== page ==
Brandr snorted into his ale. "It's your own wolfheall--you've only lived nigh it your whole life."
Njall hunched a shoulder uncomfortably. "My father doesn't like it spoken of."
Brandr's eyebrows went up, but he said only, "Well, Vigdis isn't the only bitch in the wolfheall. She's just the konigenwolf--the top bitch."
"Oh," said Njall, and couldn't help his eyes going from Hrolleif to Grimolfr. Happily, Brandr didn't notice. He said, "There's three or four other bitches, I think. I know the pups who came out with us today were whelped by Ingrun," and he nodded down the table to a young man, blond and ruddy-faced and laughing at something his trencher-mate had said. "Randulfr's sister. We're lucky we're getting a shot at Vigdis' pups."
Njall watched a moment, to see if he could tell which of the wolves near Randulfr was Ingrun. And yes, a tawny-gray wolf, gnawing on a deer-rib, looked up at Randulfr just as he leaned back from the table to pass her a tidbit. Brandr prattled on beside him. Njall looked at Hrolleif, and then at Vigdis and Skald, and knew that Brandr was right.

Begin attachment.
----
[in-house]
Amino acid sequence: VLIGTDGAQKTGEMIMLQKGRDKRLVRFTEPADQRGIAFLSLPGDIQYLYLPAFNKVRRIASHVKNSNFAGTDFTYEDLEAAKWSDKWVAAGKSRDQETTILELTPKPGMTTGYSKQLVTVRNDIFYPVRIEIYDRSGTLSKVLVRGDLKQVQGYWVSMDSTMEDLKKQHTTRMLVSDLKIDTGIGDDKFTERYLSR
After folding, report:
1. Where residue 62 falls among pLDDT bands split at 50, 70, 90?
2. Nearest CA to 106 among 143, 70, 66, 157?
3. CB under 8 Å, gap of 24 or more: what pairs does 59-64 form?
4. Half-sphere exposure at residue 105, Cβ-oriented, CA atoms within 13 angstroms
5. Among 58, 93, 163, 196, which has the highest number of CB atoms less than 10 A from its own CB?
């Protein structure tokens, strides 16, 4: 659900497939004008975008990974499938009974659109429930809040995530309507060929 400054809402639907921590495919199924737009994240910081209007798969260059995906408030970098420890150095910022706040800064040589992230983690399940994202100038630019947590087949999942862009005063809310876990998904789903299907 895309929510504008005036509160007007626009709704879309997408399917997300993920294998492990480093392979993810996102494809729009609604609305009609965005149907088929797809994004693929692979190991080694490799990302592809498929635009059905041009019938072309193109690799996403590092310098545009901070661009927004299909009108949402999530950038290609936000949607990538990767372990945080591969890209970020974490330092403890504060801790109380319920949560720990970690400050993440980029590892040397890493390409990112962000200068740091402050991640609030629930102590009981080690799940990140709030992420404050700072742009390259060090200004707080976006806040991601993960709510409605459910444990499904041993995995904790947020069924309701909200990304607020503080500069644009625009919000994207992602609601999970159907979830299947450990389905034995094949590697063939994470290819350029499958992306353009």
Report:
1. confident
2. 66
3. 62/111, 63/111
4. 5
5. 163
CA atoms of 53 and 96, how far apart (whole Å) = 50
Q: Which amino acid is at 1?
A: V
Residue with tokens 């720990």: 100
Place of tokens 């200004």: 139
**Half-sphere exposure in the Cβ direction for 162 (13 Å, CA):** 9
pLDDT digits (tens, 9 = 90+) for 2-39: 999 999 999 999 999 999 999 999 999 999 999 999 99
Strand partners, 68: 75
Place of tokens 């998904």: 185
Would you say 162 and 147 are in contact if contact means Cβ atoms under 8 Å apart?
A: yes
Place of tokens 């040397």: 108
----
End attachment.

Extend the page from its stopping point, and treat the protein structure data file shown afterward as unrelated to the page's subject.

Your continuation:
They set out across the snow at moonrise, well-armed and outfitted as became warriors, all afoot, including Hrolleif and Grimolfr, because even battle-hardened horses would not stand before a wyvern. They divided into three parties and cast out: Njall's group included Ulfmaer and Hrolleif and traveled north and east toward the rising moon, over snow so cold it creaked under their boots.
Each man had a wolf beside him except Hrolleif--Vigdis being too gravid to hunt--and the four unbonded boys. Besides Njall, there were Brandr Quick-Tongue, Svanrikr--whom Brandr called Un-Wise, but not where Svanrikr could hear him--and the Stone Sigmundr--and one of the three adolescent wolves, Eitri, although Njall noticed that the men and grown wolves kept the boys and pup in the center of the group, and Eitri did not look at Sigmundr the way Hroi looked at Ulfmaer.